- Line 11b, instructions (page 67), request additional detail for the prior year’s excess contributions to be added to the pre-funding balance; and
- Actuaries preparing the 2012 Schedule SB should reference IRS Notice 2012-61 for guidance regarding the Moving Ahead for Progress in the 21st Century Act. (December 17, 2012)
Revised Form 5558 Issued – August 2012
- Only one plan can be extended per form. Even though the form is still to be filed on paper, they are only allowing space to enter one plan name and plan number. Seems like they are working towards a more automated process by doing this, but they are not there yet. This is going to cause a paper explosion, especially for companies that have more than a few plans to extend.
- A new box was added to check if you are submitting the Form 5558 for a first-time filing. This will alert the IRS to not match the request to a plan that has already been filed and therefore, they need to create a new record.
- As communicated this past June 2012, but not documented on Form 5558 until now, a signature is not required to extend a Form 8955-SSA as was stated on the June 2011 version. A signature is still required to extend a Form 5330. (8/29/2012)
Form 8955-SSA Resolution on Who to Count for Lines 6a and 6b
The IRS has taken action to resolve a discrepancy regarding who to count on Lines 6a and 6b. The form states:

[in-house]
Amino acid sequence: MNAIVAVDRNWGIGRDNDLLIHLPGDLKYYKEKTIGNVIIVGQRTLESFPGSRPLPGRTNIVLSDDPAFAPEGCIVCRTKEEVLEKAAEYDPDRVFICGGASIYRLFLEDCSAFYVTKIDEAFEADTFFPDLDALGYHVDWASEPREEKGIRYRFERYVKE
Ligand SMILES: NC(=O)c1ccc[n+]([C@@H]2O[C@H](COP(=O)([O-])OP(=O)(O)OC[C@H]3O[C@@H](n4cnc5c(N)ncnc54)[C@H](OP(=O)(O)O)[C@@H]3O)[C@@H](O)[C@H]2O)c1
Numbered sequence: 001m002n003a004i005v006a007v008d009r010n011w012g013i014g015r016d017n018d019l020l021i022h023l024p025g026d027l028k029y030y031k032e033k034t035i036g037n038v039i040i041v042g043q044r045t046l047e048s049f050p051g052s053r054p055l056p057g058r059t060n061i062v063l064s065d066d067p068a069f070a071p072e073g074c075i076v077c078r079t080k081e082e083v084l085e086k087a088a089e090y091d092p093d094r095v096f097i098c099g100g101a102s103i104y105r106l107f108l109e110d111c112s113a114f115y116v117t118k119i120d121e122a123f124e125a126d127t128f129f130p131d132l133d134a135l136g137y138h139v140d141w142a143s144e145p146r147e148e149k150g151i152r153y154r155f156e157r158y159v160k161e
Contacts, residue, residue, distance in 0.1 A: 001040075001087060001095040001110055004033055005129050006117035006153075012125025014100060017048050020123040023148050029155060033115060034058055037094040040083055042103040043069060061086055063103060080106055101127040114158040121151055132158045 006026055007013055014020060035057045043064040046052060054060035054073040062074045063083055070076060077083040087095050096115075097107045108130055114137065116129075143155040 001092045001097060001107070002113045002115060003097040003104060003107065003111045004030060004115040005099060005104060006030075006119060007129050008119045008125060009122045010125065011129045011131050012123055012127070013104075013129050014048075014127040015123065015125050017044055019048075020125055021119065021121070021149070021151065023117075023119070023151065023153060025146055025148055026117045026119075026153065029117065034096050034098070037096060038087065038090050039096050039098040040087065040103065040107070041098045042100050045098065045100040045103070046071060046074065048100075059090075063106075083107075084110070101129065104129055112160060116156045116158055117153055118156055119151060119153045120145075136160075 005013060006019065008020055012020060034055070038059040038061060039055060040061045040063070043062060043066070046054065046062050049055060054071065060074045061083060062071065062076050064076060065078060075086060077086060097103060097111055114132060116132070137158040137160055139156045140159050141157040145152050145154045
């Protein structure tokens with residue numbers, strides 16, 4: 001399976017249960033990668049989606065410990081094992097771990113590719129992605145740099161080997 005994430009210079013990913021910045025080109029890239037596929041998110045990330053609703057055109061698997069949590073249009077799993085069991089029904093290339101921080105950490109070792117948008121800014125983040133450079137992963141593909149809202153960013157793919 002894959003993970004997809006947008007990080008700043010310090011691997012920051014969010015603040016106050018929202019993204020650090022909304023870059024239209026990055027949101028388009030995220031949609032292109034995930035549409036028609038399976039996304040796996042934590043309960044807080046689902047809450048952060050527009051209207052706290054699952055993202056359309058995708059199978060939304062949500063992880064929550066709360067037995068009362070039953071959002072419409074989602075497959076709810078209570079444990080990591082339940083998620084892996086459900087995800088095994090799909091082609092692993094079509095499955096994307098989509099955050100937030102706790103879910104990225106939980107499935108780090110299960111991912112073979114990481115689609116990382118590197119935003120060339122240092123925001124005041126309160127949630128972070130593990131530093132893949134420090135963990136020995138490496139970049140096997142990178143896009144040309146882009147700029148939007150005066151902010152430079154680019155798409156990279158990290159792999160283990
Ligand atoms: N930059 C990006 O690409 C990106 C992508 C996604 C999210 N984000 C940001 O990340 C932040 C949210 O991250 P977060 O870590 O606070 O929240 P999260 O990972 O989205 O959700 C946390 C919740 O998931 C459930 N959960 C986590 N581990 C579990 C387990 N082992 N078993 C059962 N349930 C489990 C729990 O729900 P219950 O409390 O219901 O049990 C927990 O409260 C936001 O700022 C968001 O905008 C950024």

6a -Participants who separated with a deferred vested benefit required to be reported on this Form 8955-SSA. (This is considered prior year terms with an account balance and reported as a Code A)
6b – Participants who separated with a deferred vested benefit voluntarily reported on this Form 8955-SSA in the same year as the separation occurred. (This is for current reporting year terms with an account balance reported as a Code A)
Confusion occurred because the Form 8955-SSA instructions state to just report the number of participants that separated in the prior reporting year (6a) and in the current reporting year (6b). However, if submitting Form 8955-SSA electronically through the IRS’ FIRE system with the total of Lines 6a and 6b (reported on Line 7) not being equal to the number of participants reported on Line 9, an error message would be generated.
The good news is that the IRS has fixed this error on their FIRE system so we can now complete Lines 6a and 6b in the same way whether filing on paper or electronically! So do not count entry Codes B, C, and D on Lines 6a or 6b, even though you should report all separated participants that fit these code situations too. We look forward to this issue being stated more clearly in next year’s instructions! (7/12/2012)
IRS Approves Removal of Signature Requirement to Extend Form 8955-SSA